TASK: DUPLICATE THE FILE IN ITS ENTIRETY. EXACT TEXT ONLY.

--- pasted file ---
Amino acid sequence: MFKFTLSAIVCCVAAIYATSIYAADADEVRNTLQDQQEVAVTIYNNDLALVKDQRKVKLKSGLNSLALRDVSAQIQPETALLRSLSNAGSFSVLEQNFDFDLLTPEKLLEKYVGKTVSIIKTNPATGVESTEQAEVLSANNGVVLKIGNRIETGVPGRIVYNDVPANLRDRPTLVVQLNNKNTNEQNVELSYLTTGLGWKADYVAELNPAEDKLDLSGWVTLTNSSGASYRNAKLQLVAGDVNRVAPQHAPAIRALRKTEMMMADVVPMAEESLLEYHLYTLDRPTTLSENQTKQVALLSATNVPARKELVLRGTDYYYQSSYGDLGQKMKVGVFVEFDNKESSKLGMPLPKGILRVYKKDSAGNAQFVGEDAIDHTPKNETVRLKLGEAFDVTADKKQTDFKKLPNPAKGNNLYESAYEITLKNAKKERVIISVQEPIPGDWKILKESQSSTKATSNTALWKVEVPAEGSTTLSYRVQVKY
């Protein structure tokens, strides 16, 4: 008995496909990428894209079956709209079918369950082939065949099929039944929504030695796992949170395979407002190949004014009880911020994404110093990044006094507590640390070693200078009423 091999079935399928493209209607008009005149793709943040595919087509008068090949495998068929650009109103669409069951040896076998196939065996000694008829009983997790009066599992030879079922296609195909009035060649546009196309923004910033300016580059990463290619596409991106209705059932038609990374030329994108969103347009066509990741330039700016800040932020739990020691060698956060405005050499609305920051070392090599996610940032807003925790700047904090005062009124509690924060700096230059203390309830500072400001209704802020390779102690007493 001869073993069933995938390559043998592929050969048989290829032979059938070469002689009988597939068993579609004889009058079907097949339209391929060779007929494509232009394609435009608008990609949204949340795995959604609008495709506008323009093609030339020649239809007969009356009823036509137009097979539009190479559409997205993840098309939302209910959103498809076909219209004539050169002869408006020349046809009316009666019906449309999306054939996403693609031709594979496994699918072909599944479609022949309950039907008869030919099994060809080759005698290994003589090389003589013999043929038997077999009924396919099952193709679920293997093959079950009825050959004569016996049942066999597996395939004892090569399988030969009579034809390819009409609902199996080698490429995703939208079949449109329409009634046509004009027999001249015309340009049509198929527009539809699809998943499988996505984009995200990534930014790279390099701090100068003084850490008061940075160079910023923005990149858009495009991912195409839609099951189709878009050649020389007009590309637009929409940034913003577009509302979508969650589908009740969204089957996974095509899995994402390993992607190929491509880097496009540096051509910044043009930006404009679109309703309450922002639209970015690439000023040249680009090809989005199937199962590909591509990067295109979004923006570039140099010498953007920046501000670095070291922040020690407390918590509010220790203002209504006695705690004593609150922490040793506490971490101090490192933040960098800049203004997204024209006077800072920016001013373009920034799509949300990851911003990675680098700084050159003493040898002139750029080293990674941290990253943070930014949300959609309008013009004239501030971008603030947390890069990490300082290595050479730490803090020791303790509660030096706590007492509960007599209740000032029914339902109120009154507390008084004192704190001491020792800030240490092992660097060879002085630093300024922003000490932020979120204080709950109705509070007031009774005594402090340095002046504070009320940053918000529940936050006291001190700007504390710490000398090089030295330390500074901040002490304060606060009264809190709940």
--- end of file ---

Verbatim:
Amino acid sequence: MFKFTLSAIVCCVAAIYATSIYAADADEVRNTLQDQQEVAVTIYNNDLALVKDQRKVKLKSGLNSLALRDVSAQIQPETALLRSLSNAGSFSVLEQNFDFDLLTPEKLLEKYVGKTVSIIKTNPATGVESTEQAEVLSANNGVVLKIGNRIETGVPGRIVYNDVPANLRDRPTLVVQLNNKNTNEQNVELSYLTTGLGWKADYVAELNPAEDKLDLSGWVTLTNSSGASYRNAKLQLVAGDVNRVAPQHAPAIRALRKTEMMMADVVPMAEESLLEYHLYTLDRPTTLSENQTKQVALLSATNVPARKELVLRGTDYYYQSSYGDLGQKMKVGVFVEFDNKESSKLGMPLPKGILRVYKKDSAGNAQFVGEDAIDHTPKNETVRLKLGEAFDVTADKKQTDFKKLPNPAKGNNLYESAYEITLKNAKKERVIISVQEPIPGDWKILKESQSSTKATSNTALWKVEVPAEGSTTLSYRVQVKY
């Protein structure tokens, strides 16, 4: 008995496909990428894209079956709209079918369950082939065949099929039944929504030695796992949170395979407002190949004014009880911020994404110093990044006094507590640390070693200078009423 091999079935399928493209209607008009005149793709943040595919087509008068090949495998068929650009109103669409069951040896076998196939065996000694008829009983997790009066599992030879079922296609195909009035060649546009196309923004910033300016580059990463290619596409991106209705059932038609990374030329994108969103347009066509990741330039700016800040932020739990020691060698956060405005050499609305920051070392090599996610940032807003925790700047904090005062009124509690924060700096230059203390309830500072400001209704802020390779102690007493 001869073993069933995938390559043998592929050969048989290829032979059938070469002689009988597939068993579609004889009058079907097949339209391929060779007929494509232009394609435009608008990609949204949340795995959604609008495709506008323009093609030339020649239809007969009356009823036509137009097979539009190479559409997205993840098309939302209910959103498809076909219209004539050169002869408006020349046809009316009666019906449309999306054939996403693609031709594979496994699918072909599944479609022949309950039907008869030919099994060809080759005698290994003589090389003589013999043929038997077999009924396919099952193709679920293997093959079950009825050959004569016996049942066999597996395939004892090569399988030969009579034809390819009409609902199996080698490429995703939208079949449109329409009634046509004009027999001249015309340009049509198929527009539809699809998943499988996505984009995200990534930014790279390099701090100068003084850490008061940075160079910023923005990149858009495009991912195409839609099951189709878009050649020389007009590309637009929409940034913003577009509302979508969650589908009740969204089957996974095509899995994402390993992607190929491509880097496009540096051509910044043009930006404009679109309703309450922002639209970015690439000023040249680009090809989005199937199962590909591509990067295109979004923006570039140099010498953007920046501000670095070291922040020690407390918590509010220790203002209504006695705690004593609150922490040793506490971490101090490192933040960098800049203004997204024209006077800072920016001013373009920034799509949300990851911003990675680098700084050159003493040898002139750029080293990674941290990253943070930014949300959609309008013009004239501030971008603030947390890069990490300082290595050479730490803090020791303790509660030096706590007492509960007599209740000032029914339902109120009154507390008084004192704190001491020792800030240490092992660097060879002085630093300024922003000490932020979120204080709950109705509070007031009774005594402090340095002046504070009320940053918000529940936050006291001190700007504390710490000398090089030295330390500074901040002490304060606060009264809190709940």